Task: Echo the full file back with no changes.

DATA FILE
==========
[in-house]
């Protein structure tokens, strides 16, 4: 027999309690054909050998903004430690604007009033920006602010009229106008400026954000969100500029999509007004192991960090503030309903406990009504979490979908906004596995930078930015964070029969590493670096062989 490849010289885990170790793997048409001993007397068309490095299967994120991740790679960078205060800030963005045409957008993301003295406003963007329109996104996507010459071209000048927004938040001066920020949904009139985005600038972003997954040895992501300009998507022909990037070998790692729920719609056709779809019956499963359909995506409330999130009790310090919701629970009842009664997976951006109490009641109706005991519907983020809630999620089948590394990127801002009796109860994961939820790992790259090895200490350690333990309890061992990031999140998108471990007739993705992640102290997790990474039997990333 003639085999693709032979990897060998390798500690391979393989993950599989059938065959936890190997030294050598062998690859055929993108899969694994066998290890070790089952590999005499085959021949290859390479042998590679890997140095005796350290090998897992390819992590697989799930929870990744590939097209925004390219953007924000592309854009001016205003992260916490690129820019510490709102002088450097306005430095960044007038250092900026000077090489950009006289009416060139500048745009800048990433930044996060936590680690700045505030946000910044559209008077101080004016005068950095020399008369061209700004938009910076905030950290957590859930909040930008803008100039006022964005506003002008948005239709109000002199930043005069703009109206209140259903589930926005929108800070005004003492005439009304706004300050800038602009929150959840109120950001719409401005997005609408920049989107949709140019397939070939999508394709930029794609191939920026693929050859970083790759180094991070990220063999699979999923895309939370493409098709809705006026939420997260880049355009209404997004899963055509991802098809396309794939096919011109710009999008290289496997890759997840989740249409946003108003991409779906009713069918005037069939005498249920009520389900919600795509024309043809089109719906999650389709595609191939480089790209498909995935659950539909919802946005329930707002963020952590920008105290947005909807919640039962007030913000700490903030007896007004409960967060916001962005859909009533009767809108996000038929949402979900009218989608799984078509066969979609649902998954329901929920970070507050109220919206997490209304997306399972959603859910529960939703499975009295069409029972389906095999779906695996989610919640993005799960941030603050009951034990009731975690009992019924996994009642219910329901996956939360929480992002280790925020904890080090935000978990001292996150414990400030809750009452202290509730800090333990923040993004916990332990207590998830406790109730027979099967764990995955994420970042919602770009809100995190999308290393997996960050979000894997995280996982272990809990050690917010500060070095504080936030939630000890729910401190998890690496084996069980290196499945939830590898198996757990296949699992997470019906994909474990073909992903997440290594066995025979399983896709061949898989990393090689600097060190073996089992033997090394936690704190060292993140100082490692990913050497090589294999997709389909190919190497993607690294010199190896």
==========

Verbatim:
[in-house]
């Protein structure tokens, strides 16, 4: 027999309690054909050998903004430690604007009033920006602010009229106008400026954000969100500029999509007004192991960090503030309903406990009504979490979908906004596995930078930015964070029969590493670096062989 490849010289885990170790793997048409001993007397068309490095299967994120991740790679960078205060800030963005045409957008993301003295406003963007329109996104996507010459071209000048927004938040001066920020949904009139985005600038972003997954040895992501300009998507022909990037070998790692729920719609056709779809019956499963359909995506409330999130009790310090919701629970009842009664997976951006109490009641109706005991519907983020809630999620089948590394990127801002009796109860994961939820790992790259090895200490350690333990309890061992990031999140998108471990007739993705992640102290997790990474039997990333 003639085999693709032979990897060998390798500690391979393989993950599989059938065959936890190997030294050598062998690859055929993108899969694994066998290890070790089952590999005499085959021949290859390479042998590679890997140095005796350290090998897992390819992590697989799930929870990744590939097209925004390219953007924000592309854009001016205003992260916490690129820019510490709102002088450097306005430095960044007038250092900026000077090489950009006289009416060139500048745009800048990433930044996060936590680690700045505030946000910044559209008077101080004016005068950095020399008369061209700004938009910076905030950290957590859930909040930008803008100039006022964005506003002008948005239709109000002199930043005069703009109206209140259903589930926005929108800070005004003492005439009304706004300050800038602009929150959840109120950001719409401005997005609408920049989107949709140019397939070939999508394709930029794609191939920026693929050859970083790759180094991070990220063999699979999923895309939370493409098709809705006026939420997260880049355009209404997004899963055509991802098809396309794939096919011109710009999008290289496997890759997840989740249409946003108003991409779906009713069918005037069939005498249920009520389900919600795509024309043809089109719906999650389709595609191939480089790209498909995935659950539909919802946005329930707002963020952590920008105290947005909807919640039962007030913000700490903030007896007004409960967060916001962005859909009533009767809108996000038929949402979900009218989608799984078509066969979609649902998954329901929920970070507050109220919206997490209304997306399972959603859910529960939703499975009295069409029972389906095999779906695996989610919640993005799960941030603050009951034990009731975690009992019924996994009642219910329901996956939360929480992002280790925020904890080090935000978990001292996150414990400030809750009452202290509730800090333990923040993004916990332990207590998830406790109730027979099967764990995955994420970042919602770009809100995190999308290393997996960050979000894997995280996982272990809990050690917010500060070095504080936030939630000890729910401190998890690496084996069980290196499945939830590898198996757990296949699992997470019906994909474990073909992903997440290594066995025979399983896709061949898989990393090689600097060190073996089992033997090394936690704190060292993140100082490692990913050497090589294999997709389909190919190497993607690294010199190896």